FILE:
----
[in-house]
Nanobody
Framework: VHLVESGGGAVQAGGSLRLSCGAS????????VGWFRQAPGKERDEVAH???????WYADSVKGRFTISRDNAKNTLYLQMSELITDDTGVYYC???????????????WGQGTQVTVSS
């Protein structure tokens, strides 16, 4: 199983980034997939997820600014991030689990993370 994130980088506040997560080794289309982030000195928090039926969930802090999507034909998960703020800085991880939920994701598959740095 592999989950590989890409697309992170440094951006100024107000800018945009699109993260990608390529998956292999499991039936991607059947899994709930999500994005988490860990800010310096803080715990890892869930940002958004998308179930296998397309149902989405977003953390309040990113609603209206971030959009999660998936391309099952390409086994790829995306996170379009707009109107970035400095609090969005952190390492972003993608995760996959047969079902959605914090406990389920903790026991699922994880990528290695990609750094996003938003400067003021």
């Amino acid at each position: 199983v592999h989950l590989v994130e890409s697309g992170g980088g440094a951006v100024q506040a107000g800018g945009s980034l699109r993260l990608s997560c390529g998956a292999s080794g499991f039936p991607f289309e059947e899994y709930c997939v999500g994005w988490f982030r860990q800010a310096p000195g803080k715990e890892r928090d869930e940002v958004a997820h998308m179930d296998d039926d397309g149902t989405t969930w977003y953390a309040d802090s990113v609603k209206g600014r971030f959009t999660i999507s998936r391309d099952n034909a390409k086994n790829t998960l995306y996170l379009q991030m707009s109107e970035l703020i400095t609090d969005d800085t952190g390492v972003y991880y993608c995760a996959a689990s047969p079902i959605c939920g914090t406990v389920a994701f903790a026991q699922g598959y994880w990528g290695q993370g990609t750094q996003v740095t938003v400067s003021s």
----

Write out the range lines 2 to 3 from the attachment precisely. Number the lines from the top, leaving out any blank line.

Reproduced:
Nanobody
Framework: VHLVESGGGAVQAGGSLRLSCGAS????????VGWFRQAPGKERDEVAH???????WYADSVKGRFTISRDNAKNTLYLQMSELITDDTGVYYC???????????????WGQGTQVTVSS